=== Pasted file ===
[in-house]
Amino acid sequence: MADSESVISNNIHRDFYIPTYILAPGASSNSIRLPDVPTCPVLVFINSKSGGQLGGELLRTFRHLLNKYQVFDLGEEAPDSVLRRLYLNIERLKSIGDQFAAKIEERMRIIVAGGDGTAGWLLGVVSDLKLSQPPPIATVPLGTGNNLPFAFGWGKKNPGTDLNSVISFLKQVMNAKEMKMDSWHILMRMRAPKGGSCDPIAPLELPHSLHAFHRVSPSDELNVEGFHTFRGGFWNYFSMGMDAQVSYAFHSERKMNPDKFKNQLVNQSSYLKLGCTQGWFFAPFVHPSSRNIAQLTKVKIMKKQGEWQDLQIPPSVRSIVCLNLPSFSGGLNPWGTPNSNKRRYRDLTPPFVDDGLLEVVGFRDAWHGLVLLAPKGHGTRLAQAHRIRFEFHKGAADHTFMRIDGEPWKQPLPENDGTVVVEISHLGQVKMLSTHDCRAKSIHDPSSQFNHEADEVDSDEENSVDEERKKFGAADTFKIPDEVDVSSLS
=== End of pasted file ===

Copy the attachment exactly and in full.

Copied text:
[in-house]
Amino acid sequence: MADSESVISNNIHRDFYIPTYILAPGASSNSIRLPDVPTCPVLVFINSKSGGQLGGELLRTFRHLLNKYQVFDLGEEAPDSVLRRLYLNIERLKSIGDQFAAKIEERMRIIVAGGDGTAGWLLGVVSDLKLSQPPPIATVPLGTGNNLPFAFGWGKKNPGTDLNSVISFLKQVMNAKEMKMDSWHILMRMRAPKGGSCDPIAPLELPHSLHAFHRVSPSDELNVEGFHTFRGGFWNYFSMGMDAQVSYAFHSERKMNPDKFKNQLVNQSSYLKLGCTQGWFFAPFVHPSSRNIAQLTKVKIMKKQGEWQDLQIPPSVRSIVCLNLPSFSGGLNPWGTPNSNKRRYRDLTPPFVDDGLLEVVGFRDAWHGLVLLAPKGHGTRLAQAHRIRFEFHKGAADHTFMRIDGEPWKQPLPENDGTVVVEISHLGQVKMLSTHDCRAKSIHDPSSQFNHEADEVDSDEENSVDEERKKFGAADTFKIPDEVDVSSLS